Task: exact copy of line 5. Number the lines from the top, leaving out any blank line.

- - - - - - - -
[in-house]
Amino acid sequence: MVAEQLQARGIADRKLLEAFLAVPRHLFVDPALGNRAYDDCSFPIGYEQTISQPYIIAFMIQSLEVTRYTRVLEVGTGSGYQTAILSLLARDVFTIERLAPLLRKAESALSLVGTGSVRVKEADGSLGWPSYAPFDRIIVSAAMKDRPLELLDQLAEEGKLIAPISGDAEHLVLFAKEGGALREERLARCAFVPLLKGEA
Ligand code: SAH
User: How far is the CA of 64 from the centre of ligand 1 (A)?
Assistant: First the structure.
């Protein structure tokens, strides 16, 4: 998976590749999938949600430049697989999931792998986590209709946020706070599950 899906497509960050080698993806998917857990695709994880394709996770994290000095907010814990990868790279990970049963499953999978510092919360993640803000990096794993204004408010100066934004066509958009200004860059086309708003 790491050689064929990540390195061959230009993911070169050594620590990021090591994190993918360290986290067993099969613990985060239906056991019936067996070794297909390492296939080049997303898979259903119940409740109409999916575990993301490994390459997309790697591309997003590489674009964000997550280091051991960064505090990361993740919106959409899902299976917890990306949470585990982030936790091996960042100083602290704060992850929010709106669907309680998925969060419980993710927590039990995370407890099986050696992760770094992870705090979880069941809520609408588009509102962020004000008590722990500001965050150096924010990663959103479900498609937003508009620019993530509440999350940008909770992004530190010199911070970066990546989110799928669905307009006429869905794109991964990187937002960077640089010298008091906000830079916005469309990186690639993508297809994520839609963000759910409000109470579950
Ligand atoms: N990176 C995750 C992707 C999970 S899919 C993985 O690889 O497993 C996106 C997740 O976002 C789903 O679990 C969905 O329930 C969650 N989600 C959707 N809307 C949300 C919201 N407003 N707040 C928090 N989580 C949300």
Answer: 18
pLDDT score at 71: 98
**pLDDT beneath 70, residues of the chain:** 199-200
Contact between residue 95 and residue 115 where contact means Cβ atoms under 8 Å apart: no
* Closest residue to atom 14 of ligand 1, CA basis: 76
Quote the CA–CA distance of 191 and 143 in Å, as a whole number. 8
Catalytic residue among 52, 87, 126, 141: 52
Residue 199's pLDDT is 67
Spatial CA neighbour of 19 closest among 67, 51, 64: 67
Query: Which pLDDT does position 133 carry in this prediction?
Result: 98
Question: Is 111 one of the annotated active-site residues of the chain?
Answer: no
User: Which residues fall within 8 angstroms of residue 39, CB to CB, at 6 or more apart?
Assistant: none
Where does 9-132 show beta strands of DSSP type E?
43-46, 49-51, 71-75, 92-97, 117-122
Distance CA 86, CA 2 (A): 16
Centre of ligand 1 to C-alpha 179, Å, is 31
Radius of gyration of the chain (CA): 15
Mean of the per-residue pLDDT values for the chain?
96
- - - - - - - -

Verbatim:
Assistant: First the structure.